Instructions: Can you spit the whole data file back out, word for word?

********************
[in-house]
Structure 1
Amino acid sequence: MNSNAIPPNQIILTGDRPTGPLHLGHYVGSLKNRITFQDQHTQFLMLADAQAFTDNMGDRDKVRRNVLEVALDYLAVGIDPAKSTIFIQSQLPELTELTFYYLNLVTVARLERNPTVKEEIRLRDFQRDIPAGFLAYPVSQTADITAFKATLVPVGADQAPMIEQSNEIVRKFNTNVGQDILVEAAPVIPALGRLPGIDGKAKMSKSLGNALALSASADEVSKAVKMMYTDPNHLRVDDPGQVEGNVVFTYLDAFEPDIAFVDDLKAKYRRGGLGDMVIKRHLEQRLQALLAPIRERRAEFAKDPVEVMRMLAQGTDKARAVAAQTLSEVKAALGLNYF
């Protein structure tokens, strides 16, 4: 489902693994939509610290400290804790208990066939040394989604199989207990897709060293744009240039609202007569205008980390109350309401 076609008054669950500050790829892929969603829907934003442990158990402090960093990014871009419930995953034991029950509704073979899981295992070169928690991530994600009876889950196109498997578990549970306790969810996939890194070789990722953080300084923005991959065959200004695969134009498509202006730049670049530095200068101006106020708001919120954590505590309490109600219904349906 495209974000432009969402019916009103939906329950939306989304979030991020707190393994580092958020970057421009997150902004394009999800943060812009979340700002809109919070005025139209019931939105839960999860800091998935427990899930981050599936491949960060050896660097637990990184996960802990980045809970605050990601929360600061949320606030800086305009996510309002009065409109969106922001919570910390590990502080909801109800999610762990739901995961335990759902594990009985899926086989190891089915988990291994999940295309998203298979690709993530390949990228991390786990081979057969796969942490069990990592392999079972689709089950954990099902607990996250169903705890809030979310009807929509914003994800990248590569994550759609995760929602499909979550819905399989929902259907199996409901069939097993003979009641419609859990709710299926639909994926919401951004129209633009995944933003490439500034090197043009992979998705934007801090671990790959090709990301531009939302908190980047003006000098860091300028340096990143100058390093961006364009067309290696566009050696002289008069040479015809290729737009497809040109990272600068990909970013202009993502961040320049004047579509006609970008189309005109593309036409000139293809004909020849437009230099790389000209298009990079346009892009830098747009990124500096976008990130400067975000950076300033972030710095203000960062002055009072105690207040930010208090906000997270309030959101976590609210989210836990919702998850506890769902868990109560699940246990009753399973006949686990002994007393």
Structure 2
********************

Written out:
[in-house]
Structure 1
Amino acid sequence: MNSNAIPPNQIILTGDRPTGPLHLGHYVGSLKNRITFQDQHTQFLMLADAQAFTDNMGDRDKVRRNVLEVALDYLAVGIDPAKSTIFIQSQLPELTELTFYYLNLVTVARLERNPTVKEEIRLRDFQRDIPAGFLAYPVSQTADITAFKATLVPVGADQAPMIEQSNEIVRKFNTNVGQDILVEAAPVIPALGRLPGIDGKAKMSKSLGNALALSASADEVSKAVKMMYTDPNHLRVDDPGQVEGNVVFTYLDAFEPDIAFVDDLKAKYRRGGLGDMVIKRHLEQRLQALLAPIRERRAEFAKDPVEVMRMLAQGTDKARAVAAQTLSEVKAALGLNYF
């Protein structure tokens, strides 16, 4: 489902693994939509610290400290804790208990066939040394989604199989207990897709060293744009240039609202007569205008980390109350309401 076609008054669950500050790829892929969603829907934003442990158990402090960093990014871009419930995953034991029950509704073979899981295992070169928690991530994600009876889950196109498997578990549970306790969810996939890194070789990722953080300084923005991959065959200004695969134009498509202006730049670049530095200068101006106020708001919120954590505590309490109600219904349906 495209974000432009969402019916009103939906329950939306989304979030991020707190393994580092958020970057421009997150902004394009999800943060812009979340700002809109919070005025139209019931939105839960999860800091998935427990899930981050599936491949960060050896660097637990990184996960802990980045809970605050990601929360600061949320606030800086305009996510309002009065409109969106922001919570910390590990502080909801109800999610762990739901995961335990759902594990009985899926086989190891089915988990291994999940295309998203298979690709993530390949990228991390786990081979057969796969942490069990990592392999079972689709089950954990099902607990996250169903705890809030979310009807929509914003994800990248590569994550759609995760929602499909979550819905399989929902259907199996409901069939097993003979009641419609859990709710299926639909994926919401951004129209633009995944933003490439500034090197043009992979998705934007801090671990790959090709990301531009939302908190980047003006000098860091300028340096990143100058390093961006364009067309290696566009050696002289008069040479015809290729737009497809040109990272600068990909970013202009993502961040320049004047579509006609970008189309005109593309036409000139293809004909020849437009230099790389000209298009990079346009892009830098747009990124500096976008990130400067975000950076300033972030710095203000960062002055009072105690207040930010208090906000997270309030959101976590609210989210836990919702998850506890769902868990109560699940246990009753399973006949686990002994007393």
Structure 2